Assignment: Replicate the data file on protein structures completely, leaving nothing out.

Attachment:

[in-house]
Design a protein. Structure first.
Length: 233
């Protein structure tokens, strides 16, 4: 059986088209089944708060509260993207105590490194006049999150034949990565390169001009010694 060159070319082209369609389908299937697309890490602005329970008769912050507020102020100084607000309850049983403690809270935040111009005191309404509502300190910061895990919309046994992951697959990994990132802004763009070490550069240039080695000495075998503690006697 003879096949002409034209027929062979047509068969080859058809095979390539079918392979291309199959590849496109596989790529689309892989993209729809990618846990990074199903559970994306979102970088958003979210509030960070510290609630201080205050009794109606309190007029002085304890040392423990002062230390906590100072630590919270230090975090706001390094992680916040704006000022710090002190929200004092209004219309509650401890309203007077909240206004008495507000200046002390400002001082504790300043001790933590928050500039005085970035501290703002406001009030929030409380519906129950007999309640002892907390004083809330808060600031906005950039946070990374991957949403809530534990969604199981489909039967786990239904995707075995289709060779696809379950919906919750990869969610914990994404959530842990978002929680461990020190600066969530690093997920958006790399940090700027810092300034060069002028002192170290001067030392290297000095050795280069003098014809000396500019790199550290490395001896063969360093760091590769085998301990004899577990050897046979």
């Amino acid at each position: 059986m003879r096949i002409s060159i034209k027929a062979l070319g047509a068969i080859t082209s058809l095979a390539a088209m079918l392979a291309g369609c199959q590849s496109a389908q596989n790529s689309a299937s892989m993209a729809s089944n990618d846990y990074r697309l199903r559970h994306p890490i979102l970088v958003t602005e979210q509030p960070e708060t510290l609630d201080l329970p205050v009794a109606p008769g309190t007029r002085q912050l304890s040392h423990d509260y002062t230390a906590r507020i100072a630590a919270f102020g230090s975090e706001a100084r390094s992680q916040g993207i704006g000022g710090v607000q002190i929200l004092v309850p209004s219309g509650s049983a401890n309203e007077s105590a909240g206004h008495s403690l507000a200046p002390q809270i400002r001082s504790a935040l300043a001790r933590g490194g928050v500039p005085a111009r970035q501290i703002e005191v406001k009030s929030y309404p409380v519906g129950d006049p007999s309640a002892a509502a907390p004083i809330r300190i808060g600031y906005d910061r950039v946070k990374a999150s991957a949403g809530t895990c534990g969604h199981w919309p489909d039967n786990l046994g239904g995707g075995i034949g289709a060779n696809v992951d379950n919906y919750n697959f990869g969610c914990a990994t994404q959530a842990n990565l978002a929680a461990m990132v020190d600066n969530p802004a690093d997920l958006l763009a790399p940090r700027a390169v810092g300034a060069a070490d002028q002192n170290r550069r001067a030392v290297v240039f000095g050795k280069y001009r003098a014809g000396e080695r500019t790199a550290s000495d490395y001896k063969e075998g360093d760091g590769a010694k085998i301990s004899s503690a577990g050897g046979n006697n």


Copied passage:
[in-house]
Design a protein. Structure first.
Length: 233
């Protein structure tokens, strides 16, 4: 059986088209089944708060509260993207105590490194006049999150034949990565390169001009010694 060159070319082209369609389908299937697309890490602005329970008769912050507020102020100084607000309850049983403690809270935040111009005191309404509502300190910061895990919309046994992951697959990994990132802004763009070490550069240039080695000495075998503690006697 003879096949002409034209027929062979047509068969080859058809095979390539079918392979291309199959590849496109596989790529689309892989993209729809990618846990990074199903559970994306979102970088958003979210509030960070510290609630201080205050009794109606309190007029002085304890040392423990002062230390906590100072630590919270230090975090706001390094992680916040704006000022710090002190929200004092209004219309509650401890309203007077909240206004008495507000200046002390400002001082504790300043001790933590928050500039005085970035501290703002406001009030929030409380519906129950007999309640002892907390004083809330808060600031906005950039946070990374991957949403809530534990969604199981489909039967786990239904995707075995289709060779696809379950919906919750990869969610914990994404959530842990978002929680461990020190600066969530690093997920958006790399940090700027810092300034060069002028002192170290001067030392290297000095050795280069003098014809000396500019790199550290490395001896063969360093760091590769085998301990004899577990050897046979």
């Amino acid at each position: 059986m003879r096949i002409s060159i034209k027929a062979l070319g047509a068969i080859t082209s058809l095979a390539a088209m079918l392979a291309g369609c199959q590849s496109a389908q596989n790529s689309a299937s892989m993209a729809s089944n990618d846990y990074r697309l199903r559970h994306p890490i979102l970088v958003t602005e979210q509030p960070e708060t510290l609630d201080l329970p205050v009794a109606p008769g309190t007029r002085q912050l304890s040392h423990d509260y002062t230390a906590r507020i100072a630590a919270f102020g230090s975090e706001a100084r390094s992680q916040g993207i704006g000022g710090v607000q002190i929200l004092v309850p209004s219309g509650s049983a401890n309203e007077s105590a909240g206004h008495s403690l507000a200046p002390q809270i400002r001082s504790a935040l300043a001790r933590g490194g928050v500039p005085a111009r970035q501290i703002e005191v406001k009030s929030y309404p409380v519906g129950d006049p007999s309640a002892a509502a907390p004083i809330r300190i808060g600031y906005d910061r950039v946070k990374a999150s991957a949403g809530t895990c534990g969604h199981w919309p489909d039967n786990l046994g239904g995707g075995i034949g289709a060779n696809v992951d379950n919906y919750n697959f990869g969610c914990a990994t994404q959530a842990n990565l978002a929680a461990m990132v020190d600066n969530p802004a690093d997920l958006l763009a790399p940090r700027a390169v810092g300034a060069a070490d002028q002192n170290r550069r001067a030392v290297v240039f000095g050795k280069y001009r003098a014809g000396e080695r500019t790199a550290s000495d490395y001896k063969e075998g360093d760091g590769a010694k085998i301990s004899s503690a577990g050897g046979n006697n």